Tough Time Getting Trees To Grow? Try Planting A Northern Catalpa

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With so many trees on the planet, you would think they'd be pretty easy to grow. However, many tree species are incredibly picky. They only like to grow in soil with a certain pH, and if they don't have the right amount of moisture, they succumb to disease or the elements pretty quickly. Getting a tree to grow in your backyard therefore requires that you choose a type of tree that's suited for the specific conditions of your land -- or that you choose one of the few tree species that are tolerant of most any growing conditions. The northern catalpa is an incredibly tolerant tree species that often thrives where others have failed.

Characteristics of Northern Catalpa Trees

Northern catalpa trees are typically about 50 feet tall when mature, though some may grow larger. They have irregularly-shaped crowns, though they can be held to a more ovular shape if trimmed carefully when they are young. Thanks to their fast growth rate and dense, shade-producing foliage, cataplas make excellent additions to backyards. They're tolerant of air pollution, which makes them suitable even for urban areas.

The leaves of the northern catalpa are ovular in shape with thin veins. They turn yellow in the fall. In the spring, the trees develop bright white flowers.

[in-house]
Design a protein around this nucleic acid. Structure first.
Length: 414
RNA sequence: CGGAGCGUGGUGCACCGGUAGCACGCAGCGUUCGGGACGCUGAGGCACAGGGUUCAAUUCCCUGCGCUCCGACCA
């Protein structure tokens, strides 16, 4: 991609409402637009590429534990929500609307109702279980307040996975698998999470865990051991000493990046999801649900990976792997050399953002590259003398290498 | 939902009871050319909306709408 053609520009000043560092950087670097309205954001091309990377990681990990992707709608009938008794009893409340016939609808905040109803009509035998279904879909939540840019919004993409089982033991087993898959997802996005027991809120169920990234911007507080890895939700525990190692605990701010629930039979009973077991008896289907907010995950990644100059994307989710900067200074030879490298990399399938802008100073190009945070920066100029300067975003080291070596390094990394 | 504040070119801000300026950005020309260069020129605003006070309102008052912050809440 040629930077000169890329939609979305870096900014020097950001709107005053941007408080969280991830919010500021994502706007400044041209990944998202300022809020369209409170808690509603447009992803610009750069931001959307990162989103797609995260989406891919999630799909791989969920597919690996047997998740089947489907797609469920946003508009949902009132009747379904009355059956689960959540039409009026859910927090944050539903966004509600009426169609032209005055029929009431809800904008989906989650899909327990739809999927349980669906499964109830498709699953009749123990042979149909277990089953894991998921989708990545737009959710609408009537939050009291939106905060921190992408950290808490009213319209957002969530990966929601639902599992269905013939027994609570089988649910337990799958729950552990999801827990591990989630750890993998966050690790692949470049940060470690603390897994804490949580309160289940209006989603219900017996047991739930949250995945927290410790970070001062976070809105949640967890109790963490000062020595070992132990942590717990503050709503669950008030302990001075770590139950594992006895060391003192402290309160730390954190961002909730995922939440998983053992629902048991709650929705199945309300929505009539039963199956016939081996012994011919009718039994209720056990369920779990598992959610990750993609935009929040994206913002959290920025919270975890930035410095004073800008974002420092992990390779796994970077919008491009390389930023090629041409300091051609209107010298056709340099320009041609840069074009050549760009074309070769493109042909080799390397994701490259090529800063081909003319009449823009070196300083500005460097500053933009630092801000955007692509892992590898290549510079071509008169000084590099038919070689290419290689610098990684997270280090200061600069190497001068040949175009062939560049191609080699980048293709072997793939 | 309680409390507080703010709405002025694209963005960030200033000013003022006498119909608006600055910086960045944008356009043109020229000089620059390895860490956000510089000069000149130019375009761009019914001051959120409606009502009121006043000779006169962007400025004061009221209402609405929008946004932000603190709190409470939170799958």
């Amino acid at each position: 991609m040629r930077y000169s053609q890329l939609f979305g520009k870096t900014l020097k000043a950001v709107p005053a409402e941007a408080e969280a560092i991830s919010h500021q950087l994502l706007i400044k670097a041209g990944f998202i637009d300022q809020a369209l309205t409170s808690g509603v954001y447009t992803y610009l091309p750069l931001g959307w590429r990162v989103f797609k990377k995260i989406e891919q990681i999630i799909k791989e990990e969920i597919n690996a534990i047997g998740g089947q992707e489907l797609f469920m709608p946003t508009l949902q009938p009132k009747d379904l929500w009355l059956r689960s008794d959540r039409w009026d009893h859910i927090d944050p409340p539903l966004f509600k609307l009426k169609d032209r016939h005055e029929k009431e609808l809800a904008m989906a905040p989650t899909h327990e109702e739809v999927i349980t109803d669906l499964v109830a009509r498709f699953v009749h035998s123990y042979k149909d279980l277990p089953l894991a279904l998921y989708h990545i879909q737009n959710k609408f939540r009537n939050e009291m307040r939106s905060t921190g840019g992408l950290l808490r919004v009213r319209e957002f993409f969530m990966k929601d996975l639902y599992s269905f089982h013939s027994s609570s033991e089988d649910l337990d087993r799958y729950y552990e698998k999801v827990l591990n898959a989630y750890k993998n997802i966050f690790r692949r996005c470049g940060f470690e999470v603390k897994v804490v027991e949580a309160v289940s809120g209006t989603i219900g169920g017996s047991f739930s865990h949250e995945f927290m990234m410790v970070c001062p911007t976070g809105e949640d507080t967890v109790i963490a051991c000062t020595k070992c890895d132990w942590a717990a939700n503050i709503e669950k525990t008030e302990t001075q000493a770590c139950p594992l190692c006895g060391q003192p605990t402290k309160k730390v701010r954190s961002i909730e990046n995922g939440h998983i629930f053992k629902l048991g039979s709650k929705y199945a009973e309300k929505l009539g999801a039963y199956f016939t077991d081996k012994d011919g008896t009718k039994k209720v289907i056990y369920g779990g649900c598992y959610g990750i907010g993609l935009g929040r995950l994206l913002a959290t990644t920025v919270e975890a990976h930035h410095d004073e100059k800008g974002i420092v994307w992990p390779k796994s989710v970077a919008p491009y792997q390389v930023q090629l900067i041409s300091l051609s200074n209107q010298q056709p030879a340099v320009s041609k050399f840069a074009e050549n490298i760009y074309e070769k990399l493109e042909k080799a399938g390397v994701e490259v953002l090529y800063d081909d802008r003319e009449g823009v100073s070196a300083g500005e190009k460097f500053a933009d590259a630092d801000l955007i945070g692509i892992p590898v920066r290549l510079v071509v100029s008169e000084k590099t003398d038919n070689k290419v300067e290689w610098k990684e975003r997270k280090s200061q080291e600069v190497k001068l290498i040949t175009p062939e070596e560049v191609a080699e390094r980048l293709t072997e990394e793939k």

Planting, Growing and Caring For Young Northern Catalpas

To plant a catalpa tree that you have purchased from a nursery, begin by digging a hole that is at least twice as wide as the root ball of the tree. The hole should be just deep enough that the root flare sits just above the ground surface. After filling in the hole, apply a 3-inch layer of mulch. This will slowly break down and add nutrients to the soil. Water the young tree well.

When your catalpa is young, providing it with water during times of drought will help it to thrive. Once it is 3 or 4 years old and has established roots, you won't need to water it anymore. It's not exactly necessary to have your young catalpa pruned, but doing so can encourage it to grow into a more symmetrical shape. If fungal diseases such as anthracnose and powdery mildew disease are common in your area, you may wish to have your northern catalpa sprayed with fungicides to prevent these diseases.

Northern catalpas live for about 60 years, so if you plant one now, you can enjoy it for the rest of your life. Even if you've had trouble getting other tree varieties to grow in your yard, chances are good that a northern catalpa will do just fine. For more questions about the right tree for your yard, contact a company like McGinty Bros., Inc. Professional Lawn & Tree Care.